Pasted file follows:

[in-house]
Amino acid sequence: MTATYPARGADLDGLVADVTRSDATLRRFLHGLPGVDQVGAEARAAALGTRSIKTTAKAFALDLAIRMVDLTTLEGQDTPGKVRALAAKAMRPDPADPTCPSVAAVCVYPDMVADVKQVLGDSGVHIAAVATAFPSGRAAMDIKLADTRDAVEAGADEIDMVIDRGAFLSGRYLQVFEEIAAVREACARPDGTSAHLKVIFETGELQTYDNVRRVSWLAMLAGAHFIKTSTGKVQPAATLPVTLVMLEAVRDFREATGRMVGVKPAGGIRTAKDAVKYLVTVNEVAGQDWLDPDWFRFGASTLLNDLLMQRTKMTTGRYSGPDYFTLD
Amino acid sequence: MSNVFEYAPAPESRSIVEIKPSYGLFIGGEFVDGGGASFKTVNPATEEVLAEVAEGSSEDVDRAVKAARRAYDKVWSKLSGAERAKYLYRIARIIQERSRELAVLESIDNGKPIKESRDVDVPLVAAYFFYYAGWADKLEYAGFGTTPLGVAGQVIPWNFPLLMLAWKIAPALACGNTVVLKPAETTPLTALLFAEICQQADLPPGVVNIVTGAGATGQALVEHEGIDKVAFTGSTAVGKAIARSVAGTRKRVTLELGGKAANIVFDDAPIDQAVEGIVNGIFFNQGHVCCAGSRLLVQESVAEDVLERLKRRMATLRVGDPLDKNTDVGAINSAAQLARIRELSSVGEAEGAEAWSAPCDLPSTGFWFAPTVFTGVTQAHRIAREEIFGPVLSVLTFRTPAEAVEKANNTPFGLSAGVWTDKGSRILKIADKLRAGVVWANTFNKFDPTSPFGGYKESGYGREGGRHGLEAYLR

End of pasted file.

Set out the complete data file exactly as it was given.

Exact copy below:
[in-house]
Amino acid sequence: MTATYPARGADLDGLVADVTRSDATLRRFLHGLPGVDQVGAEARAAALGTRSIKTTAKAFALDLAIRMVDLTTLEGQDTPGKVRALAAKAMRPDPADPTCPSVAAVCVYPDMVADVKQVLGDSGVHIAAVATAFPSGRAAMDIKLADTRDAVEAGADEIDMVIDRGAFLSGRYLQVFEEIAAVREACARPDGTSAHLKVIFETGELQTYDNVRRVSWLAMLAGAHFIKTSTGKVQPAATLPVTLVMLEAVRDFREATGRMVGVKPAGGIRTAKDAVKYLVTVNEVAGQDWLDPDWFRFGASTLLNDLLMQRTKMTTGRYSGPDYFTLD
Amino acid sequence: MSNVFEYAPAPESRSIVEIKPSYGLFIGGEFVDGGGASFKTVNPATEEVLAEVAEGSSEDVDRAVKAARRAYDKVWSKLSGAERAKYLYRIARIIQERSRELAVLESIDNGKPIKESRDVDVPLVAAYFFYYAGWADKLEYAGFGTTPLGVAGQVIPWNFPLLMLAWKIAPALACGNTVVLKPAETTPLTALLFAEICQQADLPPGVVNIVTGAGATGQALVEHEGIDKVAFTGSTAVGKAIARSVAGTRKRVTLELGGKAANIVFDDAPIDQAVEGIVNGIFFNQGHVCCAGSRLLVQESVAEDVLERLKRRMATLRVGDPLDKNTDVGAINSAAQLARIRELSSVGEAEGAEAWSAPCDLPSTGFWFAPTVFTGVTQAHRIAREEIFGPVLSVLTFRTPAEAVEKANNTPFGLSAGVWTDKGSRILKIADKLRAGVVWANTFNKFDPTSPFGGYKESGYGREGGRHGLEAYLR